Good running macros become BOG SLOW

  • Microsoft has done me a favor. I have almost 50 macros used in portfolio evaluation. They’ve been running for years and have a good execution track record (execution history is logged). A daily portfolio assessment run with 23 macros takes about five minutes. Until Feb 4th. Execution became bog slow. I added Application.Calculation = xlCalculationManual and Application.EnableEvents = False to the run-in on every macro. Application.ScreenUpdating = False was already in all of the macros. ScreenUpdating True, Calculation Automatic and EnableEvents True at macro close. Some improvement but! My 23 macro run takes 47 minutes to complete in Win 11. Office Home and Student 2016. Lenova Yoga C740. No sign of data corruption and the macro results are all spot on. Is there a solution?

  • yes I noticed a big time slow down when i upgraded from office 2010 to 2019

    I had to readjust how how my macros do things.

    I converted a lot of my macros that access the spreadsheet to arrays and that did the trick for me.

    I also had to adjust where I put my application.screenupdating in my code.

  • If you are calling 22 of the 23 macros from just one macro (or calling others from a macro which itself had been called) then you need to set ScreenUpdating to False, Calculation to Manual and Enable Events to False at the start of the macro that calls the first one, and reverse the settings at the end of that macro. Remove all ScreenUpdating, Calculation and EnableEvents code from all the other macros, otherwise you are turning them on and off 23 times instead of just once! That should improve the speed.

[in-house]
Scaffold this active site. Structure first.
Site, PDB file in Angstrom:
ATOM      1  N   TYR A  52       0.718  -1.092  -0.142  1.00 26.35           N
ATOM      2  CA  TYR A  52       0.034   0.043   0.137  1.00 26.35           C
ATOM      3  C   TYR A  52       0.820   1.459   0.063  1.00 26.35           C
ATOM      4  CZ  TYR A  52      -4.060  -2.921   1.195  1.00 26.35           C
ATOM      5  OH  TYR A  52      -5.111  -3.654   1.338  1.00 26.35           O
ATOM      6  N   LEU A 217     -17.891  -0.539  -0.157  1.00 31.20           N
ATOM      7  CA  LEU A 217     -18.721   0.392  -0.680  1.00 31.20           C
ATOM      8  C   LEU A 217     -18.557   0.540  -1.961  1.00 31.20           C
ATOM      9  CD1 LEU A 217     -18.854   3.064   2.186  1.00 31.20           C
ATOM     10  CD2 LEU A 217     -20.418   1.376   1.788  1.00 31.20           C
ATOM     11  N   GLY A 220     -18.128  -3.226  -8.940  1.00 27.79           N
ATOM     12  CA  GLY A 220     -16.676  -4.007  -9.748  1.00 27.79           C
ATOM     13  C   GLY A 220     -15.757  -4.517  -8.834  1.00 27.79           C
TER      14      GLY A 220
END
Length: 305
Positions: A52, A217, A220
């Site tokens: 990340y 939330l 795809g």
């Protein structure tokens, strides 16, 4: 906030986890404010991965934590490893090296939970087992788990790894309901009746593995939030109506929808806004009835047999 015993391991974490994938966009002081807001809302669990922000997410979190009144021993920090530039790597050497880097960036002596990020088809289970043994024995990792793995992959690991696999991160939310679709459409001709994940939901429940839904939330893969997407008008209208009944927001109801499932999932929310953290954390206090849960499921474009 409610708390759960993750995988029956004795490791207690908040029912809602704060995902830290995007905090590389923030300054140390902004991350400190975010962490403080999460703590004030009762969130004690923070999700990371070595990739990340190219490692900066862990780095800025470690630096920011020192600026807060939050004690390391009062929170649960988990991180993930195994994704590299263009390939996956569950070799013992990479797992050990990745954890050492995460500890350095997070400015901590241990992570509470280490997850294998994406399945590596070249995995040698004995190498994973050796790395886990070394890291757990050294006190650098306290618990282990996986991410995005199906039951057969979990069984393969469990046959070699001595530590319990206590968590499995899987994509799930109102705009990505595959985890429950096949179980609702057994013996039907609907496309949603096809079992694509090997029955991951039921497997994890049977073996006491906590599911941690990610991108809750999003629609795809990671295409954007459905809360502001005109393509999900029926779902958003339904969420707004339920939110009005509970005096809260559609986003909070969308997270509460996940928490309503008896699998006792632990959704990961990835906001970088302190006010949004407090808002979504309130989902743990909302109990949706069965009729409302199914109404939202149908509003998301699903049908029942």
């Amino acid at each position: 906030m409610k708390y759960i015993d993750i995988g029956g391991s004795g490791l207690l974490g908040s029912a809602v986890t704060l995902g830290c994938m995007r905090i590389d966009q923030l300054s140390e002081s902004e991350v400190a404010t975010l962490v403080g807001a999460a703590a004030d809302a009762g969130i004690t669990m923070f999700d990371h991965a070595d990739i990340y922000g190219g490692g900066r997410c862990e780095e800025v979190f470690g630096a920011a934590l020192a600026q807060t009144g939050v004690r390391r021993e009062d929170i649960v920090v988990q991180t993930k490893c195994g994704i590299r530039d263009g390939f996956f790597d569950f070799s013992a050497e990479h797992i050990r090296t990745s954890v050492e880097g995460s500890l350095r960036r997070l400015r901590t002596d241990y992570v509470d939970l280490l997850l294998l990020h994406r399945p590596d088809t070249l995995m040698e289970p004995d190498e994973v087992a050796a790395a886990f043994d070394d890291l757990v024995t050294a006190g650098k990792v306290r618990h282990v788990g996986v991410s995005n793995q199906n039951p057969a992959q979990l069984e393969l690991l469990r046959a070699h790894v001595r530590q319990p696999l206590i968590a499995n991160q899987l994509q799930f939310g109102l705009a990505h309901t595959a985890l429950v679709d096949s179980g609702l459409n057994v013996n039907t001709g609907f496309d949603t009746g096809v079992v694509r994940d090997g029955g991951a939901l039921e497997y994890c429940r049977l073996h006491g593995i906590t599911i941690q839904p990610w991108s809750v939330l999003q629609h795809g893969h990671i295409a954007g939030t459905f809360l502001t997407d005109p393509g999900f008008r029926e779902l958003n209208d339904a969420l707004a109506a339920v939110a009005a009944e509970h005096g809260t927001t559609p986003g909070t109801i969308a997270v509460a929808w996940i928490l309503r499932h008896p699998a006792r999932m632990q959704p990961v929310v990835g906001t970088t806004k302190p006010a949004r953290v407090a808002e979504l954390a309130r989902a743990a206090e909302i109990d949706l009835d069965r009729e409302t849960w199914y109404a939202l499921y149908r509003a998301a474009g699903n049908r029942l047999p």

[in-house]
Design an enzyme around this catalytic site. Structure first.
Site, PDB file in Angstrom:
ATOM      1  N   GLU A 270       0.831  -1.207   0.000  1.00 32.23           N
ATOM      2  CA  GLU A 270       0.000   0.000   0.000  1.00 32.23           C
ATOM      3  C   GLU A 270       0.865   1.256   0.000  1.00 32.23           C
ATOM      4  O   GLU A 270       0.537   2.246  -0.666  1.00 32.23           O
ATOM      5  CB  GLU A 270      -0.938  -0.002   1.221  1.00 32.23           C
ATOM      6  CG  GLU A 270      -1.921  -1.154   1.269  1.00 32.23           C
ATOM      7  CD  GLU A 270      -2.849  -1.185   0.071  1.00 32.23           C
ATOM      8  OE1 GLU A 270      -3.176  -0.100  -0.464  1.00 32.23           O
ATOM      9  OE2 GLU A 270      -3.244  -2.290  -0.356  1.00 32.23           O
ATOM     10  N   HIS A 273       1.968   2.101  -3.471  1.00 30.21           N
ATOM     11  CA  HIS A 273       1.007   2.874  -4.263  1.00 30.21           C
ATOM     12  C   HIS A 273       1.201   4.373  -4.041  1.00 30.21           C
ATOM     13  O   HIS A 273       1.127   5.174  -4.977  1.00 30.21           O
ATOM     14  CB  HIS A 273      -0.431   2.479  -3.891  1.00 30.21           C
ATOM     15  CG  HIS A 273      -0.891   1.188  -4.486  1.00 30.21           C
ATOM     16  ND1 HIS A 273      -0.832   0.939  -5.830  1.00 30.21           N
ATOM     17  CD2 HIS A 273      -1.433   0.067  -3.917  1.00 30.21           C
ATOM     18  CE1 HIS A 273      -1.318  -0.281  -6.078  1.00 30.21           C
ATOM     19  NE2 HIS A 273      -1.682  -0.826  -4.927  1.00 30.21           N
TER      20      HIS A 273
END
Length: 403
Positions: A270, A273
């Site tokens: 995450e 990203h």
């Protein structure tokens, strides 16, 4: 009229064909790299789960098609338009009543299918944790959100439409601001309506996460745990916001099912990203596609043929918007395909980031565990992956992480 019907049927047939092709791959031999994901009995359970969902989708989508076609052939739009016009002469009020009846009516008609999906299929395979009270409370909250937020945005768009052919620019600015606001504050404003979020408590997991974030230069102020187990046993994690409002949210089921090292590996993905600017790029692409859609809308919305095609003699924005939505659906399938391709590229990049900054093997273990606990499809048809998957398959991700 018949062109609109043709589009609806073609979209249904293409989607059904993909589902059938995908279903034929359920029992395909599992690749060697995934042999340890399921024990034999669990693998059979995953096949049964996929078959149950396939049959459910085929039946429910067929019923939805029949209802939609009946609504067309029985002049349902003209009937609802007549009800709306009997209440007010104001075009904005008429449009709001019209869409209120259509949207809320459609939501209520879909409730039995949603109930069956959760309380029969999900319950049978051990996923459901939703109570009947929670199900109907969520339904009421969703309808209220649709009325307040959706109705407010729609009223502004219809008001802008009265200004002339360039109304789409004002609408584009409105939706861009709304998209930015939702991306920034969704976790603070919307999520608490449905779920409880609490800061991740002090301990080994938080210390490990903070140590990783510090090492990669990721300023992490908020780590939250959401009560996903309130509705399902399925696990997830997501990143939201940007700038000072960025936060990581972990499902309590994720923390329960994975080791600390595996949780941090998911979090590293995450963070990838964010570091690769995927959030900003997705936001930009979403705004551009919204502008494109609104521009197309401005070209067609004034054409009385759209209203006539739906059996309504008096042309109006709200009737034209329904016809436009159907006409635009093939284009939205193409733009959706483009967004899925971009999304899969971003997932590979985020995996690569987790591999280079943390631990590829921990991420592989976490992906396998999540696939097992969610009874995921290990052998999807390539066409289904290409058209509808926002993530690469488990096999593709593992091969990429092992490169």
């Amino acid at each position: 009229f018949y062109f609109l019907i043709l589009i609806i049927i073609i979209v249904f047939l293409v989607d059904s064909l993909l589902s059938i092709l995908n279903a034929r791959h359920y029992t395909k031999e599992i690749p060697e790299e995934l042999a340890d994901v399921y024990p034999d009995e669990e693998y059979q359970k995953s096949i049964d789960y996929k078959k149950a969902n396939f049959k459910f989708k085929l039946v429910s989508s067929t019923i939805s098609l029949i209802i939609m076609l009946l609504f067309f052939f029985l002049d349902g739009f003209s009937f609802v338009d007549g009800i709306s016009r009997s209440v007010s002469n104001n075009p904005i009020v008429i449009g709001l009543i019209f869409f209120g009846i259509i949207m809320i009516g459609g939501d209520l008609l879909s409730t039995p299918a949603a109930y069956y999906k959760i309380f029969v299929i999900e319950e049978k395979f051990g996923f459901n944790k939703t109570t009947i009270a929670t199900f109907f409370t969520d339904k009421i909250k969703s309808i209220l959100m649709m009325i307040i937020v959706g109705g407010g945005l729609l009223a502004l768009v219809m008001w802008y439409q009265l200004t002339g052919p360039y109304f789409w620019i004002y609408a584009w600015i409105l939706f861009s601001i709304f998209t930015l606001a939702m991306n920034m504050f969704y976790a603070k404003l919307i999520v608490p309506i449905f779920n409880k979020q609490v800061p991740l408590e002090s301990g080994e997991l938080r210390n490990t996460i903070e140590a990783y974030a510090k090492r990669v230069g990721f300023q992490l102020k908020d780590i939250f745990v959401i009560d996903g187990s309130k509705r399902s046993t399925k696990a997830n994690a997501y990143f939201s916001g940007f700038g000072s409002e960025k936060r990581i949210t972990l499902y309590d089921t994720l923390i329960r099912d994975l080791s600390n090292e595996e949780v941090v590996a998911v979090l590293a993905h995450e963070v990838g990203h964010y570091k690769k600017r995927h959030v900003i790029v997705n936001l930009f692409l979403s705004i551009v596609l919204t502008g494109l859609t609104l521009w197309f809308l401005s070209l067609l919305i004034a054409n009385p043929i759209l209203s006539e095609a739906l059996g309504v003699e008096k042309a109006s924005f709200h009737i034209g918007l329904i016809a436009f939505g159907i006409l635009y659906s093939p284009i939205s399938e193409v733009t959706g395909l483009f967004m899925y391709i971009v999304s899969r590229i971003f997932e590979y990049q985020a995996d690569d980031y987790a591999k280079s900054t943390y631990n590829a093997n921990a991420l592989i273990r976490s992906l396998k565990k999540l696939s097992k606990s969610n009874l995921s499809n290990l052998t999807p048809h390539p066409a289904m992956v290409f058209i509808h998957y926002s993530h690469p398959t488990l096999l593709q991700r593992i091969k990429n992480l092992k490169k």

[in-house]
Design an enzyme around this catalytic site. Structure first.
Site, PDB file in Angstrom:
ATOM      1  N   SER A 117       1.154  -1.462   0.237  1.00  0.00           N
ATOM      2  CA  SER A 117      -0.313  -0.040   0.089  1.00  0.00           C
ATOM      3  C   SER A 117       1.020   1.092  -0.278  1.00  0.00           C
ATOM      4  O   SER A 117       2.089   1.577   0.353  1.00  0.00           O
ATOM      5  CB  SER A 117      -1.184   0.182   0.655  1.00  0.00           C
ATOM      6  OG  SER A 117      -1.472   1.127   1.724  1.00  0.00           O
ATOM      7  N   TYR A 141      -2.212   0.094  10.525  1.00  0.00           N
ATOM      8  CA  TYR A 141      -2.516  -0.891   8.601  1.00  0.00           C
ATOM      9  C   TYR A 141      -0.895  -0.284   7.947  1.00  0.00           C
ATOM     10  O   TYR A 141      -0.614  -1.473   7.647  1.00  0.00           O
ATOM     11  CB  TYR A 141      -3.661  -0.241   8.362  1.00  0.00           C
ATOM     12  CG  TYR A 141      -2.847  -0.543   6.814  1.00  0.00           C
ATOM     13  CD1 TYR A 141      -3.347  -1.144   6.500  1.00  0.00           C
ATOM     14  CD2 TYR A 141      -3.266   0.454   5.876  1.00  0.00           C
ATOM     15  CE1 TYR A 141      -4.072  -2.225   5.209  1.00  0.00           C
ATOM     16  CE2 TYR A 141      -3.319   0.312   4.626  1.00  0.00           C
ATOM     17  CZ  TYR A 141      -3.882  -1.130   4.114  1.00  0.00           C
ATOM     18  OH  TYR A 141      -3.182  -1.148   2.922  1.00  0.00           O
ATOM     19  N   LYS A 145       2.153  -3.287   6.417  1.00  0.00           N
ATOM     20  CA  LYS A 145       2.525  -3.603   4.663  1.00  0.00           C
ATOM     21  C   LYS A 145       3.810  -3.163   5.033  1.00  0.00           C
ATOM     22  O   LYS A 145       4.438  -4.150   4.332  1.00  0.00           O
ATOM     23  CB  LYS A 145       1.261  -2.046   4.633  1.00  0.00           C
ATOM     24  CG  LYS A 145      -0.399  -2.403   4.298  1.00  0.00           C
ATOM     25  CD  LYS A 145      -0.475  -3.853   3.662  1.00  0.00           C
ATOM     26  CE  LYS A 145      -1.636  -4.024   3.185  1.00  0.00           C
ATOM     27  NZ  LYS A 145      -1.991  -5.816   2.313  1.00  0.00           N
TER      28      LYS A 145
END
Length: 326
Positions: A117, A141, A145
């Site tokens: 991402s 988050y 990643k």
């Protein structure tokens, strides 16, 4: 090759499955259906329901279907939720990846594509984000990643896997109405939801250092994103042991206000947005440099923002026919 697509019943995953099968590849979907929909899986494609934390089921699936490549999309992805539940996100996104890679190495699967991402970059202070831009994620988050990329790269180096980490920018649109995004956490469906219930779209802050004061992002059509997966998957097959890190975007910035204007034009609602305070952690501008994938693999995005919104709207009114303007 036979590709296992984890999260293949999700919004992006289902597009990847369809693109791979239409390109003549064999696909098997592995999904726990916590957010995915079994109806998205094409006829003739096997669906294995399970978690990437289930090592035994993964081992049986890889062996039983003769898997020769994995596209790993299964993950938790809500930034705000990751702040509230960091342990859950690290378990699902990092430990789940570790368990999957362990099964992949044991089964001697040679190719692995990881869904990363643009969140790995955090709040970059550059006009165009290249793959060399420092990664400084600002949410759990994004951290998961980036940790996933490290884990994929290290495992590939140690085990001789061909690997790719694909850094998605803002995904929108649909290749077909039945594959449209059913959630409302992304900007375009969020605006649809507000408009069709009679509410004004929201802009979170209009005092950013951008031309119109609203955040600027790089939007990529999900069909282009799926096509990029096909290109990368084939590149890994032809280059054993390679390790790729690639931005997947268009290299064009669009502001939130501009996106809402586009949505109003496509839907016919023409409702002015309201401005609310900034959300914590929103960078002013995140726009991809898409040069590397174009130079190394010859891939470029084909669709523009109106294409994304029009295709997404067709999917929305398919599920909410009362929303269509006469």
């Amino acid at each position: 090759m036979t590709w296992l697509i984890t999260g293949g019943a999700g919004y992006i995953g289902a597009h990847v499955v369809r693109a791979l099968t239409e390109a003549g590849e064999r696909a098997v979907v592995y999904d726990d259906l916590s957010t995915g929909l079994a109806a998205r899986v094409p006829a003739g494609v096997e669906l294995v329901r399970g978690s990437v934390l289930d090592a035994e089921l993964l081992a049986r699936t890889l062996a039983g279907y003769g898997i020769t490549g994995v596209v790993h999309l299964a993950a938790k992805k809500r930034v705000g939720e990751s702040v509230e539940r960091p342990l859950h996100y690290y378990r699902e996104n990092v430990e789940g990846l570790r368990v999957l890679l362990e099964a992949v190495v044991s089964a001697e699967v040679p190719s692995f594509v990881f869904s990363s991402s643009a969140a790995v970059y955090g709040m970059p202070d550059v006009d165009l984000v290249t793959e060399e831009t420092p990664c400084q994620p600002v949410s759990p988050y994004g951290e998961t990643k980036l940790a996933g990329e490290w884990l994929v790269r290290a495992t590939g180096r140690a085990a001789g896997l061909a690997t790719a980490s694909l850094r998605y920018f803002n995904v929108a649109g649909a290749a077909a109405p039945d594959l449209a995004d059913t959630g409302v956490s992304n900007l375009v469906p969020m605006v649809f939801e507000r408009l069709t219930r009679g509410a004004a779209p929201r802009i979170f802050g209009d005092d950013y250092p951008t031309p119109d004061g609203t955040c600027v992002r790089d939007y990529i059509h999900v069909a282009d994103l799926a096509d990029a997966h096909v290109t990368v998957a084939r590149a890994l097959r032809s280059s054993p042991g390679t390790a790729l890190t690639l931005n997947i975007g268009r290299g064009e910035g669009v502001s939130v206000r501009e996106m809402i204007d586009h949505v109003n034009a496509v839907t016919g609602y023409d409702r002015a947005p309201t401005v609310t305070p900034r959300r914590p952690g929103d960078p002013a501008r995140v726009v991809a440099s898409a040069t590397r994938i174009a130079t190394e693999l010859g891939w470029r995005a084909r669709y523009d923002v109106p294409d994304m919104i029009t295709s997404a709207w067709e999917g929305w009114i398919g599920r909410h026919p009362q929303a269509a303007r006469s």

You could also try running a VBA Code Cleaning programme, there are quite a number available on the internet, Ribbon Commander is very good as it works for both 32 and 64 Bit systems, whereas most only work on 32 Bit systems.


    As you have already discovered, converting as much Object based code as possible to Array based code will make a huge speed improvement.

    We now have a reputation system in place. If my reply helped please "Like" the reply by clicking the "Like" icon at bottom right of my reply.

  • This is multiple year reliable code by me, a decades long coding professional. My code is not the question. Arrays are used extensively and where appropriate. And yes KjBox, the calling program has the Application... commands at the runin and close, not in the called application service modules. The slow down occurred in a single day and in every one of the 23 macros. Years long execution experience at a consistent performance level validates the code. Something changed in my Excel. I installed Win 11 thinking it was a Windows problem. I used The Microsoft Office Repair Tool, Online option to make sure Excel was not corrupted. All to no avail. From consistent 5 minutes execution time to 47 minutes is not coding. It may be Windows issue but I'm not a Windows guru. Converting to Win 11 was no help. I remain confused.

  • Do you have access to a system using Office 2010 or Office 365?